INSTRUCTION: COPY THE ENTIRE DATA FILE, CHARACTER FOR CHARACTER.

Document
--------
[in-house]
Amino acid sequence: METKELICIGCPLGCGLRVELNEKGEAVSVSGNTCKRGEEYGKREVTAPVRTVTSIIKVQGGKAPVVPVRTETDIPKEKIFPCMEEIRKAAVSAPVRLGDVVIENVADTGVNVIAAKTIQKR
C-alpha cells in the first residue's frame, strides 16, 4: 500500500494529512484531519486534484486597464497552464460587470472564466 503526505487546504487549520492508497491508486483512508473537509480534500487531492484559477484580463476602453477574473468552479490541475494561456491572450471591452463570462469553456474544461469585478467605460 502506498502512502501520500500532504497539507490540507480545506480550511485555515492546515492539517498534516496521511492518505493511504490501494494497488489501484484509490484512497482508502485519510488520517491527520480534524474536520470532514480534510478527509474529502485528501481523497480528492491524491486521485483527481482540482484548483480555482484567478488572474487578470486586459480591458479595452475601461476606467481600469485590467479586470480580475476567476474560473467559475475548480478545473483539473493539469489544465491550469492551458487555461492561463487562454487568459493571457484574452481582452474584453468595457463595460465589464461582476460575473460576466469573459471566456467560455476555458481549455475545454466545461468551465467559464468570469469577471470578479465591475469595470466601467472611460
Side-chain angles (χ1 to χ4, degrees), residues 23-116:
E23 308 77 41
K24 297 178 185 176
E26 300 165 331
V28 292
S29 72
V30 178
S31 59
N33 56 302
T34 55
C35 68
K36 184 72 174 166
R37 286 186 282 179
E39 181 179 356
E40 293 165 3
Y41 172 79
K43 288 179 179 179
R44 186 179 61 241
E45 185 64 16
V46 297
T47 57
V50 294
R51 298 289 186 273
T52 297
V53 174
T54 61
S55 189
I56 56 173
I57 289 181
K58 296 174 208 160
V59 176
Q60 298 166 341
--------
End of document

[in-house]
Amino acid sequence: METKELICIGCPLGCGLRVELNEKGEAVSVSGNTCKRGEEYGKREVTAPVRTVTSIIKVQGGKAPVVPVRTETDIPKEKIFPCMEEIRKAAVSAPVRLGDVVIENVADTGVNVIAAKTIQKR
C-alpha cells in the first residue's frame, strides 16, 4: 500500500494529512484531519486534484486597464497552464460587470472564466 503526505487546504487549520492508497491508486483512508473537509480534500487531492484559477484580463476602453477574473468552479490541475494561456491572450471591452463570462469553456474544461469585478467605460 502506498502512502501520500500532504497539507490540507480545506480550511485555515492546515492539517498534516496521511492518505493511504490501494494497488489501484484509490484512497482508502485519510488520517491527520480534524474536520470532514480534510478527509474529502485528501481523497480528492491524491486521485483527481482540482484548483480555482484567478488572474487578470486586459480591458479595452475601461476606467481600469485590467479586470480580475476567476474560473467559475475548480478545473483539473493539469489544465491550469492551458487555461492561463487562454487568459493571457484574452481582452474584453468595457463595460465589464461582476460575473460576466469573459471566456467560455476555458481549455475545454466545461468551465467559464468570469469577471470578479465591475469595470466601467472611460
Side-chain angles (χ1 to χ4, degrees), residues 23-116:
E23 308 77 41
K24 297 178 185 176
E26 300 165 331
V28 292
S29 72
V30 178
S31 59
N33 56 302
T34 55
C35 68
K36 184 72 174 166
R37 286 186 282 179
E39 181 179 356
E40 293 165 3
Y41 172 79
K43 288 179 179 179
R44 186 179 61 241
E45 185 64 16
V46 297
T47 57
V50 294
R51 298 289 186 273
T52 297
V53 174
T54 61
S55 189
I56 56 173
I57 289 181
K58 296 174 208 160
V59 176
Q60 298 166 341